He was found slumped in the front seat of his vehicle, his body riddled with bullets. And now police are trying to track down the shooter responsible for ending the life of a 40-year-old tow truck driver on the first day of his new job on Wednesday night.
The shooting has taken place against the backdrop of an escalating turf war among Cape Town’s white and black/coloured-owned tow trucking companies, with both parties claiming they have been threatened with physical violence.
But SA Auto Repairer and Salvage Association (Saarsa) chairman Len Smith said on Thursday it was too early to say whether the murder was connected to the ongoing feud.
“It’s a bit dangerous to comment now because I don’t have all the details. Last week there were threats made against our lives and there were some contractual hits.”
Michael Corriera was an employee of Urban Town, a Paarden Eiland-based company which is part of the Association.
Smith said the company’s owner had called him in tears early on Thursday morning.
“It’s a driver that just started his job (on Wednesday)… He’d just been given that truck.”
Corriera had been parked in Marine Drive at about 11pm on Wednesday. Sources said his friend had gone to check if he wanted any food, but when he arrived he found the body on the front seat.
The shooting took place below one of the city’s security cameras. City safety and security director Richard Bosman said police would usually request footage if it was required.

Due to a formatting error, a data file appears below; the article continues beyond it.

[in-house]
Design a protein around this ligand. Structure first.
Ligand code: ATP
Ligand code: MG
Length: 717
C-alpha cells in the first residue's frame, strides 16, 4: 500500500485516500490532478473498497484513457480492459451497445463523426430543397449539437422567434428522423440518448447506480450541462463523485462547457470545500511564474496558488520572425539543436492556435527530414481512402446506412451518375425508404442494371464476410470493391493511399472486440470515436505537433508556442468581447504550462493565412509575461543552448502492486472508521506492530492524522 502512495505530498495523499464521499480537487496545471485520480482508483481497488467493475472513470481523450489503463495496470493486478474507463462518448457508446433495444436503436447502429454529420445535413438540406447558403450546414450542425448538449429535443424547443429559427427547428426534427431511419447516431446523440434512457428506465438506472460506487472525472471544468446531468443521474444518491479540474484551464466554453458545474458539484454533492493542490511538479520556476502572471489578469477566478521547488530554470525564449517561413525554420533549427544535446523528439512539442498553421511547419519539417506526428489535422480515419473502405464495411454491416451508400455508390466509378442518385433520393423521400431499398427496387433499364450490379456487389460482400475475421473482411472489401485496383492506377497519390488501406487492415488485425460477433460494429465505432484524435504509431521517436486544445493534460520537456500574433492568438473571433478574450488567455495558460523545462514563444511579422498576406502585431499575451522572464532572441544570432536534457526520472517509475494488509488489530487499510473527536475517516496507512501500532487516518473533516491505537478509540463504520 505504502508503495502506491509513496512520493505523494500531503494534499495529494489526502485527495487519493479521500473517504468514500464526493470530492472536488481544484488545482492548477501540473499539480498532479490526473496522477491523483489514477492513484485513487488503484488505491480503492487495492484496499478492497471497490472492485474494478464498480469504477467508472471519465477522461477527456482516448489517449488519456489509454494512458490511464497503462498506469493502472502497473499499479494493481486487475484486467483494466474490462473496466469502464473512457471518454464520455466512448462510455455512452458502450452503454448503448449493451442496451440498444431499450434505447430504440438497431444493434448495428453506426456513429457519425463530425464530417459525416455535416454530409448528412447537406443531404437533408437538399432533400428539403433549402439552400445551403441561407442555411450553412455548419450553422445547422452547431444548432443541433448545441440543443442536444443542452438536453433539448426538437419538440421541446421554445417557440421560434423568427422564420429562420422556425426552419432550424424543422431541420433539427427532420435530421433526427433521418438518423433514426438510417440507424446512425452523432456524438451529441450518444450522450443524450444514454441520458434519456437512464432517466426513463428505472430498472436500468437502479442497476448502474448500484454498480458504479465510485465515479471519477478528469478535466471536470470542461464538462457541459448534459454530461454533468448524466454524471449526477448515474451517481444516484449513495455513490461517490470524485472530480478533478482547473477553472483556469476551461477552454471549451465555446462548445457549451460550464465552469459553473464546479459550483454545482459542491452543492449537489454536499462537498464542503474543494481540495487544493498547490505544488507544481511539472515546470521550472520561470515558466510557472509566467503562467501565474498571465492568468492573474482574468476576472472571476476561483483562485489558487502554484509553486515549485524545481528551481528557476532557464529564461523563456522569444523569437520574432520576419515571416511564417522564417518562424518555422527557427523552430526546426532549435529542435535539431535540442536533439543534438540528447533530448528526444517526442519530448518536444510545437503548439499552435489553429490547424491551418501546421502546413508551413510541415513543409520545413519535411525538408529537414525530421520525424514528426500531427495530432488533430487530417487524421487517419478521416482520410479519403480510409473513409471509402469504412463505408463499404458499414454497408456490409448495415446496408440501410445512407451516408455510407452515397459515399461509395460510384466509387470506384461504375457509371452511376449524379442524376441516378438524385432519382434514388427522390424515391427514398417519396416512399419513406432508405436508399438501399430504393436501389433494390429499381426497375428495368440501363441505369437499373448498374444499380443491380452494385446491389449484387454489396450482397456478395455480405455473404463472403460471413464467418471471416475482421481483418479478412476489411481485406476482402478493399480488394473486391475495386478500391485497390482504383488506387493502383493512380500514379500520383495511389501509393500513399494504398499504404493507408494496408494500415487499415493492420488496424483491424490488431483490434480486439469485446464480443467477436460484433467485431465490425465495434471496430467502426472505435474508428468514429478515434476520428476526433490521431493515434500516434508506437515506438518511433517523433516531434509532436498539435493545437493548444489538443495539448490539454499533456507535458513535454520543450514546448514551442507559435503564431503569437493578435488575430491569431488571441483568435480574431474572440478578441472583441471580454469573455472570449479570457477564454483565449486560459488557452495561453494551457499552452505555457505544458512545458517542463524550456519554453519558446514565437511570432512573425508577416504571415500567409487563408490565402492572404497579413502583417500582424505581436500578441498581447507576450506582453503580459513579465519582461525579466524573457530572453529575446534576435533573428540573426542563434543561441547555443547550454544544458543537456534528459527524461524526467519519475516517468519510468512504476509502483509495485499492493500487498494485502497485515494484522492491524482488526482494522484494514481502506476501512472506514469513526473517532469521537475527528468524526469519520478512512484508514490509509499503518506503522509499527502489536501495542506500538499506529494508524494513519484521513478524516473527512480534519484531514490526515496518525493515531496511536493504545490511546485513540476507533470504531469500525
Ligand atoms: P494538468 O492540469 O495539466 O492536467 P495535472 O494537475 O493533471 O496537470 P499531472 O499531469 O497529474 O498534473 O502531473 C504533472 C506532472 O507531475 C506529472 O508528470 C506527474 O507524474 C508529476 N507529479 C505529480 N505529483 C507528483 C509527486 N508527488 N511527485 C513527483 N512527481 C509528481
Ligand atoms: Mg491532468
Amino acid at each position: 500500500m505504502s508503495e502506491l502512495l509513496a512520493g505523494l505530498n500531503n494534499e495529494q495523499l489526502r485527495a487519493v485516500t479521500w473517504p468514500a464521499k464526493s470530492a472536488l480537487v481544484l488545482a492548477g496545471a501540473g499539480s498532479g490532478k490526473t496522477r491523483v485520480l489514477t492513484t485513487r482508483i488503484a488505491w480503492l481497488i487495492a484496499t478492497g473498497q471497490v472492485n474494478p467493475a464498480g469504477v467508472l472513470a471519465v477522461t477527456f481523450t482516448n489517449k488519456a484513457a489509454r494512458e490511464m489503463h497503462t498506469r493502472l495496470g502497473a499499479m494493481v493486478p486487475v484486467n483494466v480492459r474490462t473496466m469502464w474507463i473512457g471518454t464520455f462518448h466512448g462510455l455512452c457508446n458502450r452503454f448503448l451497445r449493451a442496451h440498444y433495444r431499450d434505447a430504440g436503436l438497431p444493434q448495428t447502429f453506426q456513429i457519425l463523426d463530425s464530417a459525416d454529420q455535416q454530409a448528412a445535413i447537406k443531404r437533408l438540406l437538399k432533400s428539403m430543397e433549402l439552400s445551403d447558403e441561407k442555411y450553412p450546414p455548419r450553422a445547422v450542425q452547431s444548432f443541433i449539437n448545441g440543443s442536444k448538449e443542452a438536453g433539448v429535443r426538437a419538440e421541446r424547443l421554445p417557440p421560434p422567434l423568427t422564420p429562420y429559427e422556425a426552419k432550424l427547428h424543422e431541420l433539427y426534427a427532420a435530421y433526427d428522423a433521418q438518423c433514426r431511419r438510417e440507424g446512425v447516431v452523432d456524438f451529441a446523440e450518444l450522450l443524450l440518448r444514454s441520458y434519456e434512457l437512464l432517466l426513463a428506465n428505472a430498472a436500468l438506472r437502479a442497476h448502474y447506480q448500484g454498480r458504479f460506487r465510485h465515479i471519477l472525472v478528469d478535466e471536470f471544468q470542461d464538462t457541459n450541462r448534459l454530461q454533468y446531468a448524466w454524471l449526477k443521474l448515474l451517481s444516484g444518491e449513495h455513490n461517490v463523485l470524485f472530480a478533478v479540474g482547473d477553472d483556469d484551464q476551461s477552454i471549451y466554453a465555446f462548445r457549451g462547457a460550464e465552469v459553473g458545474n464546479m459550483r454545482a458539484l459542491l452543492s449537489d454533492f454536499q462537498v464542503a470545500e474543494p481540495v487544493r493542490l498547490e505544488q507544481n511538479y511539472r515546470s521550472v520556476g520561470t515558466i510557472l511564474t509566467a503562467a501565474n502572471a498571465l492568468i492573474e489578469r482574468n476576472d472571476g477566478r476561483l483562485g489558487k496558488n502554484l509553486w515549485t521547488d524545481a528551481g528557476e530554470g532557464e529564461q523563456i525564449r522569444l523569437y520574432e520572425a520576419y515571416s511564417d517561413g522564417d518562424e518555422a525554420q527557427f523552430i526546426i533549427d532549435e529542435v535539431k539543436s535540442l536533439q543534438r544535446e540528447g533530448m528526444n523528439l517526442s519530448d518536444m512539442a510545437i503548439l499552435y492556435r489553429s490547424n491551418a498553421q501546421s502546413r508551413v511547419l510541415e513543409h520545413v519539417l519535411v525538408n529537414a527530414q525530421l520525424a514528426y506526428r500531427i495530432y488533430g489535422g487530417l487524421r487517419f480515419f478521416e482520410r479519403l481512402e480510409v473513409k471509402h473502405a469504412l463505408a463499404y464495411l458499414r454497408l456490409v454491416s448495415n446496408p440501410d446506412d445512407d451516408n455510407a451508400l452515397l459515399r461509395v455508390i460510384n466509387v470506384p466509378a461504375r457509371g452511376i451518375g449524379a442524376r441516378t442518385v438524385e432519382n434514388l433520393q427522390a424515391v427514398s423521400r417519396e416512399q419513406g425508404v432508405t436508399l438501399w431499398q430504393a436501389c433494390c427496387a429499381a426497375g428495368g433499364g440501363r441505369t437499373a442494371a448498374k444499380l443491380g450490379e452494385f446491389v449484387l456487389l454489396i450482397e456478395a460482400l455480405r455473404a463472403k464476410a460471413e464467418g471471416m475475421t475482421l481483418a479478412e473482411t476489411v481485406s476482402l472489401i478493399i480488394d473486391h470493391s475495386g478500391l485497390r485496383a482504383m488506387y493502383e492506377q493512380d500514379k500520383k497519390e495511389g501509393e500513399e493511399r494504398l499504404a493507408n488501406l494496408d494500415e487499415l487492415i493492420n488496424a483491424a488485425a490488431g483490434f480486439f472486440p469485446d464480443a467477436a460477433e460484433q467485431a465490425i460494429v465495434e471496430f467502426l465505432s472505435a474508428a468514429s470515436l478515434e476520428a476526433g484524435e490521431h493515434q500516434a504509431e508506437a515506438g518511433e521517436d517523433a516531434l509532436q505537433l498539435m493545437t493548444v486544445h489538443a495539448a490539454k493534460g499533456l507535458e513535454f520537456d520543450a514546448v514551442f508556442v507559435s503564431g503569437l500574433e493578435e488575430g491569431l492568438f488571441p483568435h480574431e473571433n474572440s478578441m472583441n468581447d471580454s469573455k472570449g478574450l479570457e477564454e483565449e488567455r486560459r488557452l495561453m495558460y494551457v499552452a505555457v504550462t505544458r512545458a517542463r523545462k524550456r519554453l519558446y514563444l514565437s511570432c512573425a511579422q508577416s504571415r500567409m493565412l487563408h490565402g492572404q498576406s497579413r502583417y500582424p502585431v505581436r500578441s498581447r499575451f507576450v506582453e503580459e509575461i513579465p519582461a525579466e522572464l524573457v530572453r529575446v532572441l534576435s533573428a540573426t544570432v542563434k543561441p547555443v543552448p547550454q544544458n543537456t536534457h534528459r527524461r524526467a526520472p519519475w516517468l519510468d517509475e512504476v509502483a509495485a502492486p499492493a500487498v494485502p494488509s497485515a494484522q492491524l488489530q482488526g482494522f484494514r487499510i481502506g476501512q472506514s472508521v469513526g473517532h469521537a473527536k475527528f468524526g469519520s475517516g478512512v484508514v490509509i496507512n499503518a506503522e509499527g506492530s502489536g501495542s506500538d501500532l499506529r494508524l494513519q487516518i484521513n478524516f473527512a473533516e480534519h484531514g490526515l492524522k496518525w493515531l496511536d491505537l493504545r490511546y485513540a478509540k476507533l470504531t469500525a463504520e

Police spokesman Captain FC van Wyk confirmed the incident and asked for anyone with information to contact authorities.
On Wednesday afternoon, just hours before Corriera’s death, members belonging to Saarsa, which represents several small to medium-sized tow-trucking businesses in the city, visited Dals Motor Group’s workshop in Montague Gardens.
It was the second time they had descended on the business.
Last week, company director Elvin Nel said 40 members of Saarsa had stormed the offices at Montague Gardens. He said many of the members were armed, and some had threatened his staff.
On Dals’ Facebook page, the company thanked its customers and supporters who helped after the “attack on Monday”.
On Wednesday, he said Saarsa planned to “target one of his other properties”. But they again arrived at Montague Gardens at about 1pm. “All clear. They left. No damages and no violence,” wrote Nel in an SMS after their short visit.
Smith told the Cape Argus last week that the row had escalated with the expansion of a company called Cape Road Assist, a new towing brand affiliated with Dals.
He said the rapid expansion of the company had seen it “encroaching on territories”.
He said the towing industry had a salient rule that territories should be respected.
Last week he claimed Dals had put a hit on Saarsa’s leadership. However, Nel quickly denied these claims.
Smith said he would put out an official statement on Corriera’s death on Thursday night
Check out: Cape Argus
By Kieran Legg